Craft of Preaching

Epiphany’s Creative Light

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This monthly column will point out environmental dimensions in upcoming lectionary passages and suggest ways to bring God's creation into our preaching -- not just occasionally but throughout the year.

Day one of creation began with “Let there be light.” The New Year likewise begins with the brilliant light of Epiphany. Epiphanies are not gradual, but lightning-sudden streaks of insight. Just as scientists tell us that the first microseconds of the universe’s “Big Bang” remade all that was, epiphanies remake our vision of the whole.

Recognition of the human place within the greater world of creation is an epiphany reshaping everything: from previously anthropocentric theology to the ways we measure success, spend money, look out the window, eat food, and even breathe. Once lonely in a human world, we may now see with ecological awareness the multitudes of companions surrounding us, from the vast maple tree standing steadfast in the yard in every season, whose photosynthesis replenishes our air, to the tiny ladybugs that sometimes find us unexpectedly, offering a moment’s joy before continuing their journey.

In the light of such epiphanies, we see that what we once considered worthless is actually priceless. Like the merchant in Jesus’ parable, we find the one pearl that is worth selling all to gain -- only it’s not a pearl, but the sapphire-blue jewel of the earth. Throughout this coming year, may we hold up this jewel for the gaze of all.

Because Easter falls quite early this year, the season of Epiphany is extremely short, twice as short as it sometimes is, and the semi-continuous readings from Paul’s epistles and from Luke hardly get off the ground before Lent begins. Some cross-text themes for each Sunday appear, however. As usual, the most ecologically promising passages are in the Psalms, and there are some magnificent ones here.

Epiphany itself falls on Sunday, January 6, offering light in each of the day’s four passages, a welcome light for new beginnings, much needed during the year’s shortest, coldest days:

  • Isaiah 60:1-6, with its “the glory of the LORD has risen upon you” and “nations shall come to your light,” hark back to the first day of creation, when with one command God made light shine in darkness.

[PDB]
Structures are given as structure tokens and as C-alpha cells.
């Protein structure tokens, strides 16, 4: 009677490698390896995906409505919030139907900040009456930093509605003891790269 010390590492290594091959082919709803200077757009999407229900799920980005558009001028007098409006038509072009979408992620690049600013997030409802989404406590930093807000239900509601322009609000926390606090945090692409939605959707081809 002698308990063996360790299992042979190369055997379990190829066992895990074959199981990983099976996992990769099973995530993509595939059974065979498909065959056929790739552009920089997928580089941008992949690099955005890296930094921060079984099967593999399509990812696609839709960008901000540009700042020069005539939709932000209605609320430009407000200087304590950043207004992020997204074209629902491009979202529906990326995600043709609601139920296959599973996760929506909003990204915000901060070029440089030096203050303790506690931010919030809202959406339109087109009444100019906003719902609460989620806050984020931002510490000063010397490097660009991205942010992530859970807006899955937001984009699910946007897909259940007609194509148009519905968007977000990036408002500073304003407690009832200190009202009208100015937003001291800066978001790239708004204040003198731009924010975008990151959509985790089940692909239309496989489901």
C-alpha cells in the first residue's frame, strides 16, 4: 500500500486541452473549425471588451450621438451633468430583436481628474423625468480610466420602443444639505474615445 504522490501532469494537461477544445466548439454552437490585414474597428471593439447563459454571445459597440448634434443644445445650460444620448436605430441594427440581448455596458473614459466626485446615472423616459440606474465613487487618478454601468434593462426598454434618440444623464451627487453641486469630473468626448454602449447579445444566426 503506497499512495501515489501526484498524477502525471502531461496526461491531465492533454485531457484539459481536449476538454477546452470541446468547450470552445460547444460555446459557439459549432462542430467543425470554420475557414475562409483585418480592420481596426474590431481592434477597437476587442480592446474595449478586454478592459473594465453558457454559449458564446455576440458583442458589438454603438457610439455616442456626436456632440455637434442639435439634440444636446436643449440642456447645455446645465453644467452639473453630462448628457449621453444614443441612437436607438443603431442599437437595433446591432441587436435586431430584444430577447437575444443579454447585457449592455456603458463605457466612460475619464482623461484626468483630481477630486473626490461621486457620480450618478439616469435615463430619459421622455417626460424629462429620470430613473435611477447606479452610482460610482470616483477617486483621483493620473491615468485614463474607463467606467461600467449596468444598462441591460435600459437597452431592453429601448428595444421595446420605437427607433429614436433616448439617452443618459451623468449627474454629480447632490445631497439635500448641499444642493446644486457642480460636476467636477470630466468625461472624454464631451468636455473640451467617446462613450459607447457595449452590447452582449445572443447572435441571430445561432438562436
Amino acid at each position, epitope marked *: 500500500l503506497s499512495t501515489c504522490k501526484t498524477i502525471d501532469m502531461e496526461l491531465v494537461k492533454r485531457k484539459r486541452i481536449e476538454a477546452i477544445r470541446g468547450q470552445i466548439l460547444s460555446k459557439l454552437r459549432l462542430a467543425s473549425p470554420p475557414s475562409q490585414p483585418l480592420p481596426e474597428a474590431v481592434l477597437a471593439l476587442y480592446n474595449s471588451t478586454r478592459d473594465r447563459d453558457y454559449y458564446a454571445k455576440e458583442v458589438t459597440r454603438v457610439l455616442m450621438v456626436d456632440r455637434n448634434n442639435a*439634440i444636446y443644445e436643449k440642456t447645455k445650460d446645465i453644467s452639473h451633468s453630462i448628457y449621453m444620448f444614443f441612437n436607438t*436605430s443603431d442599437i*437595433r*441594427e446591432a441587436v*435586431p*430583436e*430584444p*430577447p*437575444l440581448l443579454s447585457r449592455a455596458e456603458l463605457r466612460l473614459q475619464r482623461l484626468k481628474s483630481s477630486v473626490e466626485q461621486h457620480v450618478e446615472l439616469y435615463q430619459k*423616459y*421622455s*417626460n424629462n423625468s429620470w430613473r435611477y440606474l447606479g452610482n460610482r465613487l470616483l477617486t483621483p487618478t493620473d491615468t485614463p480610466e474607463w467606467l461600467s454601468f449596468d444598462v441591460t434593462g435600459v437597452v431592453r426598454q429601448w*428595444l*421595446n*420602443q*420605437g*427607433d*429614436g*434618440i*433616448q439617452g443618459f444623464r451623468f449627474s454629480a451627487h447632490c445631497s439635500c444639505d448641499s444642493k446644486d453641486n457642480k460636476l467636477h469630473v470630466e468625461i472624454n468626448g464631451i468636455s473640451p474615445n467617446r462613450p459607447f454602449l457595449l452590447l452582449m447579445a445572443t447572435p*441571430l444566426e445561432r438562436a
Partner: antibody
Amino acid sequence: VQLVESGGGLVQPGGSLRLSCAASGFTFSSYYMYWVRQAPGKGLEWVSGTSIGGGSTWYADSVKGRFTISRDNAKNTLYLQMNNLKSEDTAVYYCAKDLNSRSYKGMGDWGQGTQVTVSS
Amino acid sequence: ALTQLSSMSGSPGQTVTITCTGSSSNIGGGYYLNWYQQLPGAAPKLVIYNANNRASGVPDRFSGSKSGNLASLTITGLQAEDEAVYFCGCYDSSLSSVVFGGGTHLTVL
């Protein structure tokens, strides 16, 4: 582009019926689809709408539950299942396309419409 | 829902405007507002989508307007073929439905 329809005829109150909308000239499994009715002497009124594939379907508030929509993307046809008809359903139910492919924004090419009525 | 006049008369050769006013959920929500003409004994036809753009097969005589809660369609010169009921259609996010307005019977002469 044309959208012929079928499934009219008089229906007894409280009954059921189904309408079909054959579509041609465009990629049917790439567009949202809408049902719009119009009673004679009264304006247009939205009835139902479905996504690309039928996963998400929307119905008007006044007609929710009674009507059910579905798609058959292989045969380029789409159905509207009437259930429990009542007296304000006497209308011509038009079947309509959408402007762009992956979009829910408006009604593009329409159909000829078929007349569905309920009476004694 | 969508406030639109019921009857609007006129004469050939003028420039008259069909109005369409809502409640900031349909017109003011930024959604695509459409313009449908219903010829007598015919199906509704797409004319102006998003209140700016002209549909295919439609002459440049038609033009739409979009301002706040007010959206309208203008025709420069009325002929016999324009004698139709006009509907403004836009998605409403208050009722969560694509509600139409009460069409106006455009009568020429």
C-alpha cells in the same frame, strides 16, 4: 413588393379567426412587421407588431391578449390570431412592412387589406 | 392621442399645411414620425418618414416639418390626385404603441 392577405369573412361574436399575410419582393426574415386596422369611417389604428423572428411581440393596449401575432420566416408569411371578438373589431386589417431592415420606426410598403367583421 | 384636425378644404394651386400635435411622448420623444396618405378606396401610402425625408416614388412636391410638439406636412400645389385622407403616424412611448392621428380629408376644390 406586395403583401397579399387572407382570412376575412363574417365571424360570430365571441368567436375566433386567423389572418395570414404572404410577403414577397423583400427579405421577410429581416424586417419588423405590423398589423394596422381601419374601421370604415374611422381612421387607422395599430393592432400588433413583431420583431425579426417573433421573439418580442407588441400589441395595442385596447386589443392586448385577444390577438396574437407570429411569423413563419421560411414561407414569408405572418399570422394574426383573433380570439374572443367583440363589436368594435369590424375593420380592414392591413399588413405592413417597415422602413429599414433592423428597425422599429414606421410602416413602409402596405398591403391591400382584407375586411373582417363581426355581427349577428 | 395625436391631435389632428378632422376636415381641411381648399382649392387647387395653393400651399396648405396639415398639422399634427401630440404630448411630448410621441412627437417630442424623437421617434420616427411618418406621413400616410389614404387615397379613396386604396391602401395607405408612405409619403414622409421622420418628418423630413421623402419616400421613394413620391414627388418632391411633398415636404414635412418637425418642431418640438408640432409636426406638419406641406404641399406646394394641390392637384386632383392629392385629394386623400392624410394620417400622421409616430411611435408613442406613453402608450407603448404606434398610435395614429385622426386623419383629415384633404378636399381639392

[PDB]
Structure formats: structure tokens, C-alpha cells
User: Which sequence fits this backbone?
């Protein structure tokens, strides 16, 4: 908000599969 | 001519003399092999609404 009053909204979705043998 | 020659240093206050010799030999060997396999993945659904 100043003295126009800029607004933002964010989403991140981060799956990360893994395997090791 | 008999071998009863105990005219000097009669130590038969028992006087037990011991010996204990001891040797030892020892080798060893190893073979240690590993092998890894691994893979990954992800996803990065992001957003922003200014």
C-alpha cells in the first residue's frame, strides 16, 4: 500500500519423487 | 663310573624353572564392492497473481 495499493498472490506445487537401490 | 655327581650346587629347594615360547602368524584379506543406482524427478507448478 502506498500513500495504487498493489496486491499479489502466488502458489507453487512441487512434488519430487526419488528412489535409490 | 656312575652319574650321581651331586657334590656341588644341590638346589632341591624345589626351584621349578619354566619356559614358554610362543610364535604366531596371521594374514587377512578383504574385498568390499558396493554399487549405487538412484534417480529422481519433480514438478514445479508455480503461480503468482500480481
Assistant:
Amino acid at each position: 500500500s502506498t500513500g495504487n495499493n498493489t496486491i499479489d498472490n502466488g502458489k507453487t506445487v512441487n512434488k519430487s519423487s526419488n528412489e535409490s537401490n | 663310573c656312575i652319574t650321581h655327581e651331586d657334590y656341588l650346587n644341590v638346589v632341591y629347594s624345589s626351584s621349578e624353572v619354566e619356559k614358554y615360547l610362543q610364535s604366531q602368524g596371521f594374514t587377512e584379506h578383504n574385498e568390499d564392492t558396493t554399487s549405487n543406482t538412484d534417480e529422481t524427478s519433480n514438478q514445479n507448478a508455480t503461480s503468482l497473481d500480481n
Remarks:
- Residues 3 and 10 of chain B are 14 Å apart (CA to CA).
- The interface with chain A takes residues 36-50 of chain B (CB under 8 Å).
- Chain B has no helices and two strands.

• Psalm 72:1-7, 10-14 sets prosperity during a gracious king’s reign within the larger sphere of ecological providence: “May he live while the sun endures … May he be like rain that falls on the mown grass, like showers that water the earth.”
  • Ephesians 3:1-12 attributes the mystery newly unveiled in Christ to the plan of the creator of all.
  • Matthew 2:1-12 tells of the star, reflecting creation’s own light, that guided the magi to the infant Christ.

The Baptism of the Lord follows on January 13, drawing attention to two powerful forces of creation -- flood and fire -- gifts beyond human control, sacramentalized in the church as the water of baptism and the Holy Spirit’s fire:

  • Isaiah 43:1-7 pledges that the redeeming God will transform flood and fire from threats of destruction into testing, cleansing agents of new life.
  • Psalm 29 reinforces both the power of flood and fire and their subjection to the divine voice, which thunders over the waters.
  • Acts 8:14-17 moves the boundaries of water and fire beyond the Jewish community into Samaria.
  • Luke 3:15-17, 21-22 describes John’s water baptism and announcement that Jesus will baptize with the Holy Spirit and fire.

Themes of the third and fourth Sundays in January are subtler. The texts for January 20 congregate around the gracious gifts from God that reflect the world’s diversity and relationality:

  • Isaiah 62:1-5 announces God’s reunion with Jerusalem, whose vindication shines like the dawn.
  • Psalm 36:5-10 shouts that God’s steadfast love extends to the heavens, that God saves humans and animals alike.
  • 1 Corinthians 12:1-11 lists the diversity of human talents, reflecting the teeming diversity of creation.
  • John 2:1-11 recounts the egregious gift of water turned into wine to celebrate a human marriage.

On January 27, the reading of 1 Corinthians continues, and a semi-continuous reading of Luke begins. Here we may trace the theme of God’s message transmitted. Three of the passages concern Scripture itself, but Psalm 19 clarifies that creation likewise communicates God’s ways:

  • Nehemiah 8:1-3, 5-6, 8-10 relates Ezra’s reading of the Torah before the Water Gate.
  • Psalm 19, “the heavens are telling the glory of God,” parallels the wordless “natural theology” message of creation to the sweetness of the written Torah.
  • 1 Corinthians 12:12s-31a uses the image of the body and its parts to remind readers that there is no incidental member -- a message as applicable to the web of all creation as it is to human society. If one part suffers, all suffer.
  • Luke 4:14-21 relates Jesus’ own interpretation of his ministry as one of healing for those most forgotten.
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